Investigator: Dam Project Killing Dolphins, Hurting Fishing and Tourism Industries – Radio Free Asia A member of Cambodia’s Supreme Council for Recommendations on Wednesday told RFA’s Khmer Service that local authorities are utilizing legal loopholes to avoid adhering to regulations that would protect the biodiversity of the Mekong River. Kong Monika led the Council’s team in investigating the impact of the Don Sahong Dam, currently under construction near the Laos-Cambodia border. He said the purpose of the investigation was to find out if the endangered freshwater Irrawaddy dolphins are being protected according to the laws of Kratie and Stung Treng provinces. Monika said that authorities are doing nothing to restrict illegal fishing during times when the activity is supposed to be banned. He also highlighted how illegal fishing nets are killing the dolphins and other marine animals.

Minister pushes for energy efficiency – Khmer Times Environment Minister Say Samal yesterday urged people to use energy more efficiently and enjoy benefits such as lower costs and a greener environment. Mr Samal, who is also chairman of the National Council for Sustainable Development, told participants at a conference on improving energy efficiency in Cambodia that more information on climate change should also be disseminated. He noted that promoting energy efficiency is one of the main drivers of sustainable economic development.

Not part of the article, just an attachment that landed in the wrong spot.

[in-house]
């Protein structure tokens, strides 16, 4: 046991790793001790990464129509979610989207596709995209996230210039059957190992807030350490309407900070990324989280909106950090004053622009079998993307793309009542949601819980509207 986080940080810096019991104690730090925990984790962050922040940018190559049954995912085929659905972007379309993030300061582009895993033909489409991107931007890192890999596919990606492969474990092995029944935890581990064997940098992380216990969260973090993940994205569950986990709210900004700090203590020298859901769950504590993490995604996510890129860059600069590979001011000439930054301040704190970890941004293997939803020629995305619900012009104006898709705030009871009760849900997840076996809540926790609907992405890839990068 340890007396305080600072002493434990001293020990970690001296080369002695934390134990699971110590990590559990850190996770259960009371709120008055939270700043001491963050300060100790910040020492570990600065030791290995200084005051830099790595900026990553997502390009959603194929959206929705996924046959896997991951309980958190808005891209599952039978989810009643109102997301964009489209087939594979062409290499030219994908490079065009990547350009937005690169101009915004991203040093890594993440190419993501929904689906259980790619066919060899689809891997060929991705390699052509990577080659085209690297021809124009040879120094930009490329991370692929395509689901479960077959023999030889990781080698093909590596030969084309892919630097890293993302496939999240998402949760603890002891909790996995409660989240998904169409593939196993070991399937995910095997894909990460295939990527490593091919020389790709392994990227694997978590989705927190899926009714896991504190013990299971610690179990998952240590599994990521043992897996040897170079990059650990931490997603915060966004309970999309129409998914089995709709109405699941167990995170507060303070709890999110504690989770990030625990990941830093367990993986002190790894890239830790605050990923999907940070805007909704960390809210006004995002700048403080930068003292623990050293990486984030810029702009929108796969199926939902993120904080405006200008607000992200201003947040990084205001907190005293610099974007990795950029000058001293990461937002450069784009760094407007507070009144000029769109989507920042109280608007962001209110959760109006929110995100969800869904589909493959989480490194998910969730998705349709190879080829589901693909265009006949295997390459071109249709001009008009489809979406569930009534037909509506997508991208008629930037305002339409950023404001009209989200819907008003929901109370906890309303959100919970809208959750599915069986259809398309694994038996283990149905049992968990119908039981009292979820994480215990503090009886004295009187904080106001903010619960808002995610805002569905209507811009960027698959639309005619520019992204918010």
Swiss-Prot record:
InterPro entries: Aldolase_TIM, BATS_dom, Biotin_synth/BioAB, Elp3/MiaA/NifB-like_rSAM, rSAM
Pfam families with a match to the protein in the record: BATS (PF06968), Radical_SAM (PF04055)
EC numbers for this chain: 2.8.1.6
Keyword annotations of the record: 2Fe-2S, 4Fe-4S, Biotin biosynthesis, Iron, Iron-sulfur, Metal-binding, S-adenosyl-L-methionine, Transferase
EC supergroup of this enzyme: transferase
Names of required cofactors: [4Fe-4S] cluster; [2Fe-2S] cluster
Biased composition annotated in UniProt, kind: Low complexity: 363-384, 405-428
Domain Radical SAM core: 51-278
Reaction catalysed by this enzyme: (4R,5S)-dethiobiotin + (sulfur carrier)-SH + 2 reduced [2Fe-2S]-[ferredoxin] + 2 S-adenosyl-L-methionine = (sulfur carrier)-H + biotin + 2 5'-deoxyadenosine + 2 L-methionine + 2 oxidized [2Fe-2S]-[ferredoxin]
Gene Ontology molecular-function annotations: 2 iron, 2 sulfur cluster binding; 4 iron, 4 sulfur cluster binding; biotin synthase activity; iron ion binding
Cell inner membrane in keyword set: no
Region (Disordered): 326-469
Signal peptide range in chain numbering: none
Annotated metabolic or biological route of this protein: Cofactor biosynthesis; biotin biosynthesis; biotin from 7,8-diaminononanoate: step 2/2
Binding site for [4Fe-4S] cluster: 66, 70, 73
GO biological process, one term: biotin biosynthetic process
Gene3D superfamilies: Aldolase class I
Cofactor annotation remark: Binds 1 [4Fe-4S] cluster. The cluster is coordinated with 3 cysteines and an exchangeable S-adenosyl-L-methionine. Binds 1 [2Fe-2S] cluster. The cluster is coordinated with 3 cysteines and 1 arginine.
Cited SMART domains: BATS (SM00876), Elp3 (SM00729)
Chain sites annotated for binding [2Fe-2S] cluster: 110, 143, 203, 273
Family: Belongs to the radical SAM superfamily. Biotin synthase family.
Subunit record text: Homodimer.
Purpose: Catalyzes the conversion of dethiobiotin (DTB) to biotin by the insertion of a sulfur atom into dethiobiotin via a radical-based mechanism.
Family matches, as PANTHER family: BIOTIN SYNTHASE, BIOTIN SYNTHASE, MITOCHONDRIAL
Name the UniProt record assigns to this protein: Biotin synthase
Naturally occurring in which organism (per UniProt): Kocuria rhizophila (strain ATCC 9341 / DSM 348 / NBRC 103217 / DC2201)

Govt needs over 6 trillion kip for flood recovery – Vientiane Times The government estimates it will need at least 6 trillion kip to recover from the damage done by floods around the country this year, with the greatest need being in the transport and agriculture sectors. The recovery effort will take place in the short, medium and long term with a focus on the social, productive and infrastructure sectors and crosscutting issues. The findings were reported at a meeting held on Tuesday to assess Post Disaster Needs, with the aim of preparing a report to submit to the Round Table Meeting next month.

Related: Govt presses for progress in dam collapse enquiry – Vientiane Times